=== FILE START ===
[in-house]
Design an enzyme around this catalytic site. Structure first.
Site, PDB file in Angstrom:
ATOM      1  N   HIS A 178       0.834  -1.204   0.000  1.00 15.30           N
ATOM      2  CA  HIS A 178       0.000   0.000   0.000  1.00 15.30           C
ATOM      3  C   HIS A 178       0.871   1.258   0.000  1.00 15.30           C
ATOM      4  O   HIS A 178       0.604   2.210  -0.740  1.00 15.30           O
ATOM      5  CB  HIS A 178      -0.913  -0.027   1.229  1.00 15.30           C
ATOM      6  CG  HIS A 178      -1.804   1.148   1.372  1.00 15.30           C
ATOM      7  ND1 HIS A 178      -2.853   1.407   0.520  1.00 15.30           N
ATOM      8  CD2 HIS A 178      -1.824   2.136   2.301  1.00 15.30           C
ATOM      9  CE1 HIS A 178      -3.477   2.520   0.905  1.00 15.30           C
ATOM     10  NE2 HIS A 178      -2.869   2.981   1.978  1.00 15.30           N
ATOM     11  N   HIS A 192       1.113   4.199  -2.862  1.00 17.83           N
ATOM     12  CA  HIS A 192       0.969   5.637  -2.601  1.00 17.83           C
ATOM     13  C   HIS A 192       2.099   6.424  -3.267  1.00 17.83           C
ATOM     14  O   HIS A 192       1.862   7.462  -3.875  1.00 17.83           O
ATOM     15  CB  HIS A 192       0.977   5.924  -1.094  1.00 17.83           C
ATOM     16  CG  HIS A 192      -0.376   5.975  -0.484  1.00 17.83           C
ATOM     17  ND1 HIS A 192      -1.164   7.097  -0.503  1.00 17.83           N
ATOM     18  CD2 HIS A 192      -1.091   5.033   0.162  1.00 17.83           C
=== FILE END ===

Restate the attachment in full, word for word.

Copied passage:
[in-house]
Design an enzyme around this catalytic site. Structure first.
Site, PDB file in Angstrom:
ATOM      1  N   HIS A 178       0.834  -1.204   0.000  1.00 15.30           N
ATOM      2  CA  HIS A 178       0.000   0.000   0.000  1.00 15.30           C
ATOM      3  C   HIS A 178       0.871   1.258   0.000  1.00 15.30           C
ATOM      4  O   HIS A 178       0.604   2.210  -0.740  1.00 15.30           O
ATOM      5  CB  HIS A 178      -0.913  -0.027   1.229  1.00 15.30           C
ATOM      6  CG  HIS A 178      -1.804   1.148   1.372  1.00 15.30           C
ATOM      7  ND1 HIS A 178      -2.853   1.407   0.520  1.00 15.30           N
ATOM      8  CD2 HIS A 178      -1.824   2.136   2.301  1.00 15.30           C
ATOM      9  CE1 HIS A 178      -3.477   2.520   0.905  1.00 15.30           C
ATOM     10  NE2 HIS A 178      -2.869   2.981   1.978  1.00 15.30           N
ATOM     11  N   HIS A 192       1.113   4.199  -2.862  1.00 17.83           N
ATOM     12  CA  HIS A 192       0.969   5.637  -2.601  1.00 17.83           C
ATOM     13  C   HIS A 192       2.099   6.424  -3.267  1.00 17.83           C
ATOM     14  O   HIS A 192       1.862   7.462  -3.875  1.00 17.83           O
ATOM     15  CB  HIS A 192       0.977   5.924  -1.094  1.00 17.83           C
ATOM     16  CG  HIS A 192      -0.376   5.975  -0.484  1.00 17.83           C
ATOM     17  ND1 HIS A 192      -1.164   7.097  -0.503  1.00 17.83           N
ATOM     18  CD2 HIS A 192      -1.091   5.033   0.162  1.00 17.83           C